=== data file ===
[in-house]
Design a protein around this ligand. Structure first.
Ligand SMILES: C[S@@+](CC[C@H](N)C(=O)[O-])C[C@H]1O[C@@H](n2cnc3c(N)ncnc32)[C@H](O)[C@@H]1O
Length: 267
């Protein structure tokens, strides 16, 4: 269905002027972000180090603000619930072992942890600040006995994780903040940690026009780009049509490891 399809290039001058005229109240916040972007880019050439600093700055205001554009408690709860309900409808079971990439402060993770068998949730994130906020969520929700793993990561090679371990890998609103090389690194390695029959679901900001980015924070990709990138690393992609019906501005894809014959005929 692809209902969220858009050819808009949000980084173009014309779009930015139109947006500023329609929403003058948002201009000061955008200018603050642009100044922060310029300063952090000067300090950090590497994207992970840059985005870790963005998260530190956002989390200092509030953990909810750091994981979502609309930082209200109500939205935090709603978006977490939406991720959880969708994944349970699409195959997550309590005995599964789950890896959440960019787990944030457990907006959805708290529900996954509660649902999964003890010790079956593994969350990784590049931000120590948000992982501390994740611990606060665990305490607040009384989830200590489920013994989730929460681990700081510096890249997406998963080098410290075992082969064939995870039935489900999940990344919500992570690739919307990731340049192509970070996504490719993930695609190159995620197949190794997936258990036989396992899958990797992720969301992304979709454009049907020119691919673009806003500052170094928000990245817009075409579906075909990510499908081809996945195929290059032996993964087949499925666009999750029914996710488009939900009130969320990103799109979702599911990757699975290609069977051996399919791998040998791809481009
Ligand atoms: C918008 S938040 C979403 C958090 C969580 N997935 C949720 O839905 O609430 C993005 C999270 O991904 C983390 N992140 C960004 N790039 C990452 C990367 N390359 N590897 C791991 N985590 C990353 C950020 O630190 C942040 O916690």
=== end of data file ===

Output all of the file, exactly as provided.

[in-house]
Design a protein around this ligand. Structure first.
Ligand SMILES: C[S@@+](CC[C@H](N)C(=O)[O-])C[C@H]1O[C@@H](n2cnc3c(N)ncnc32)[C@H](O)[C@@H]1O
Length: 267
């Protein structure tokens, strides 16, 4: 269905002027972000180090603000619930072992942890600040006995994780903040940690026009780009049509490891 399809290039001058005229109240916040972007880019050439600093700055205001554009408690709860309900409808079971990439402060993770068998949730994130906020969520929700793993990561090679371990890998609103090389690194390695029959679901900001980015924070990709990138690393992609019906501005894809014959005929 692809209902969220858009050819808009949000980084173009014309779009930015139109947006500023329609929403003058948002201009000061955008200018603050642009100044922060310029300063952090000067300090950090590497994207992970840059985005870790963005998260530190956002989390200092509030953990909810750091994981979502609309930082209200109500939205935090709603978006977490939406991720959880969708994944349970699409195959997550309590005995599964789950890896959440960019787990944030457990907006959805708290529900996954509660649902999964003890010790079956593994969350990784590049931000120590948000992982501390994740611990606060665990305490607040009384989830200590489920013994989730929460681990700081510096890249997406998963080098410290075992082969064939995870039935489900999940990344919500992570690739919307990731340049192509970070996504490719993930695609190159995620197949190794997936258990036989396992899958990797992720969301992304979709454009049907020119691919673009806003500052170094928000990245817009075409579906075909990510499908081809996945195929290059032996993964087949499925666009999750029914996710488009939900009130969320990103799109979702599911990757699975290609069977051996399919791998040998791809481009
Ligand atoms: C918008 S938040 C979403 C958090 C969580 N997935 C949720 O839905 O609430 C993005 C999270 O991904 C983390 N992140 C960004 N790039 C990452 C990367 N390359 N590897 C791991 N985590 C990353 C950020 O630190 C942040 O916690």